This weekend, finally, Paula Rego’s retrospective at the Tate Britain, the first time I’ve seen most of these extraordinary paintings outside of books. Spanning seven decades from the surreal to the austere, the experience was as powerful as seeing Goya’s black paintings in Madrid for the first time, the same feverish intensity. The same day, the first visit in almost two years to the Royal Opera House for Leos Janácek’s Jenůfa, also the first time I’ve seen and heard a live performance of the first opera I bought on CD when still a teenager (for reasons I no longer recall).
Reading this weekend took the form of drifting between Virginia Woolf’s essays, Geoffrey Hill’s Now and Collected Poems, 1952-1992, Jacques Roubaud’s essays on poetry, and slowly rereading Charlotte Brontë’s Villette. I’m also continuing to languidly thin my library, aiming for a collection that is both smaller and more concentrated.
Ovid in the Third Reich
By Geoffrey Hill
non peccat, quaecumque potest peccasse negare,
solaque famosam culpa professa facit.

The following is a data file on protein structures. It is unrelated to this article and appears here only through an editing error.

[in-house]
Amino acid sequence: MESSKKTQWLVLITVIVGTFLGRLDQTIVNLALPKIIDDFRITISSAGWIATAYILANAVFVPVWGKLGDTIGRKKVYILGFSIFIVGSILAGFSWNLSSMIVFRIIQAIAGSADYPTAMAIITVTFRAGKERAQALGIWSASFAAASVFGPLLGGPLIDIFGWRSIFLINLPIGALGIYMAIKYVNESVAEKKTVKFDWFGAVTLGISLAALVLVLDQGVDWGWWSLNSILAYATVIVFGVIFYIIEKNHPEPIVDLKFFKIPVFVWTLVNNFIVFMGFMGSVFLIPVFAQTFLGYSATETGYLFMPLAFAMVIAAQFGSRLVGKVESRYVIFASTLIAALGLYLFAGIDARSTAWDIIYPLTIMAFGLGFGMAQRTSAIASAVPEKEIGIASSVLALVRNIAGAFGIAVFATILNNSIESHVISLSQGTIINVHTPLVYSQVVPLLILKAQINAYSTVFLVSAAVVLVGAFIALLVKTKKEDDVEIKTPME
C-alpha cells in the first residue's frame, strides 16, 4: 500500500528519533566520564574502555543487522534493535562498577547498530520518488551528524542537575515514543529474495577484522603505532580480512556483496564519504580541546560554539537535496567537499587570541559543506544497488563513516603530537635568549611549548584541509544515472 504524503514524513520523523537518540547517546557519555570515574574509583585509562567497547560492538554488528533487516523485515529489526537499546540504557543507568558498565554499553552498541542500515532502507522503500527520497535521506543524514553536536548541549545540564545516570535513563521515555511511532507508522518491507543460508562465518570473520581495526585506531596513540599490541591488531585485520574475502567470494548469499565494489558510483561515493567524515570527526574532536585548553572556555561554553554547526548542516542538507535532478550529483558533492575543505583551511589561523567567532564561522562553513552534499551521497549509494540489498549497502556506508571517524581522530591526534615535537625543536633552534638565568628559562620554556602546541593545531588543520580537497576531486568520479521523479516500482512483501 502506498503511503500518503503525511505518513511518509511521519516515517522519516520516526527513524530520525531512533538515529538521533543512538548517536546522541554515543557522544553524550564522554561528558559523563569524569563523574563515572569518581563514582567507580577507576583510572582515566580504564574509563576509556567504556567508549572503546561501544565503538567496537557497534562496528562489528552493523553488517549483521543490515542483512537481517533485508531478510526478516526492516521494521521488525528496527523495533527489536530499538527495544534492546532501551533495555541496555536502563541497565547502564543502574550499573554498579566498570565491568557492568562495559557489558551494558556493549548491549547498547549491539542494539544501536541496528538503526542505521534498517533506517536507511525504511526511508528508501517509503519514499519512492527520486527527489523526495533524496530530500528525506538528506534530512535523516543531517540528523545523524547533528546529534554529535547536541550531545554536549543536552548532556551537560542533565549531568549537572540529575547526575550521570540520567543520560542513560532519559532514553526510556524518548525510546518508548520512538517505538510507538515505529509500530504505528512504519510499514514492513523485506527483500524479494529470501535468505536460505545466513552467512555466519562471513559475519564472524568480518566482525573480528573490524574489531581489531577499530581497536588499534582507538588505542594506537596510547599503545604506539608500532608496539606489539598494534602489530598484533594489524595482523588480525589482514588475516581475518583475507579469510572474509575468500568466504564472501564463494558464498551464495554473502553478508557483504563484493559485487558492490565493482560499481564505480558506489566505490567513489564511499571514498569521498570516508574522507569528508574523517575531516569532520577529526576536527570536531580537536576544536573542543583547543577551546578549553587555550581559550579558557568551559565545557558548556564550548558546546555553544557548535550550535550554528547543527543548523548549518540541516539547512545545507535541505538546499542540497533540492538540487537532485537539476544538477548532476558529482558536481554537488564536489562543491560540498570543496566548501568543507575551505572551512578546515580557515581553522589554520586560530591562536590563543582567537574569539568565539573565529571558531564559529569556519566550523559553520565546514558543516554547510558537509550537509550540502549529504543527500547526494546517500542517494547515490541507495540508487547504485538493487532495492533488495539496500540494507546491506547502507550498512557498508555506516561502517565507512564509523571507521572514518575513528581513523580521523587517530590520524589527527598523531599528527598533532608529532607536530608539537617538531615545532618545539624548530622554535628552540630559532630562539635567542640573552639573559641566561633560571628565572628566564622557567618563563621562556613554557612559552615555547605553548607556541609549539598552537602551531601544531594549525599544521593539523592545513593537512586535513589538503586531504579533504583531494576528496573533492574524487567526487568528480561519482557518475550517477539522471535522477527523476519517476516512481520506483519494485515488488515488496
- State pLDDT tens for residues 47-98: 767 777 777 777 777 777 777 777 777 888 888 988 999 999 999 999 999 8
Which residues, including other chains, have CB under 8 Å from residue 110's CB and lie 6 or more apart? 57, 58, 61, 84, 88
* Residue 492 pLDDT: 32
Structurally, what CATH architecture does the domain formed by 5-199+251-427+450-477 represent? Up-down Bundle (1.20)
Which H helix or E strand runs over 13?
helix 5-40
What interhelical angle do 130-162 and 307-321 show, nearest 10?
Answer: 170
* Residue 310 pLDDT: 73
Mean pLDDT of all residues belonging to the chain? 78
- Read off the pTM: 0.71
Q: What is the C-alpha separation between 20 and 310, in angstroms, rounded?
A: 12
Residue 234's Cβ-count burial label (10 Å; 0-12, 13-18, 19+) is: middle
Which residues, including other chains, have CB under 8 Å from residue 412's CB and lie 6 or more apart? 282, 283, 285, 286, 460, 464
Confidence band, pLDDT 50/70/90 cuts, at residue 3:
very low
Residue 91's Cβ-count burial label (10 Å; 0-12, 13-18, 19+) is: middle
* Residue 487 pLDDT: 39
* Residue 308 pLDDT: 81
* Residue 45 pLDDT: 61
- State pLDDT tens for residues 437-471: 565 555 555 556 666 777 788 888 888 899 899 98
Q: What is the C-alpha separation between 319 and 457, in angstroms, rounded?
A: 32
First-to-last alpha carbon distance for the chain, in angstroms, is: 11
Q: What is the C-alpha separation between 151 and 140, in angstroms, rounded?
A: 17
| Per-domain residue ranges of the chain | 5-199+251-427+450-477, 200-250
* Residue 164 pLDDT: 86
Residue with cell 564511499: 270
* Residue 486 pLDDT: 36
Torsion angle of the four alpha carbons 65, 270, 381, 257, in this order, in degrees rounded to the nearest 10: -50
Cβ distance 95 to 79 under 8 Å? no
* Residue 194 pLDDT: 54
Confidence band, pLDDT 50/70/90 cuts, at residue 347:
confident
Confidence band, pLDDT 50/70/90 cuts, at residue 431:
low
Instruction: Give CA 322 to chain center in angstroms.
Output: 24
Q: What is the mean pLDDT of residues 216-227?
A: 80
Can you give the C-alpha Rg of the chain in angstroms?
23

Amores, III, xiv
I love my work and my children. God
Is distant, difficult. Things happen.
Too near the ancient troughs of blood
Innocence is no earthly weapon.
I have learned one thing: not to look down
So much upon the damned. They, in their sphere,
Harmonize strangely with the divine
Love. I, in mine, celebrate the love-choir.
Please state more about yourself. Very self-serving in fact to state you are less interesting than your reading, no mystery intended. We are useful for you to increase your concentration and attention…
I haven’t been brave enough to go to the opera yet (I went to the cinema and the Royal Albert Hall once each since July 19th and was disconcerted to find everyone maskless and no checks at all about Covid situation at the entrance), but would have loved to see Jenufa. And the exhibition sounds like a must-see.
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The Tate Britain are diligent about asking visitors to wear masks, and most followed that advice. The Rego exhibition ends at the end of October. I’m pleased that it’s so popular, so do book ahead. Mask-wearing at the opera house was minimal, so you may not feel comfortable there.
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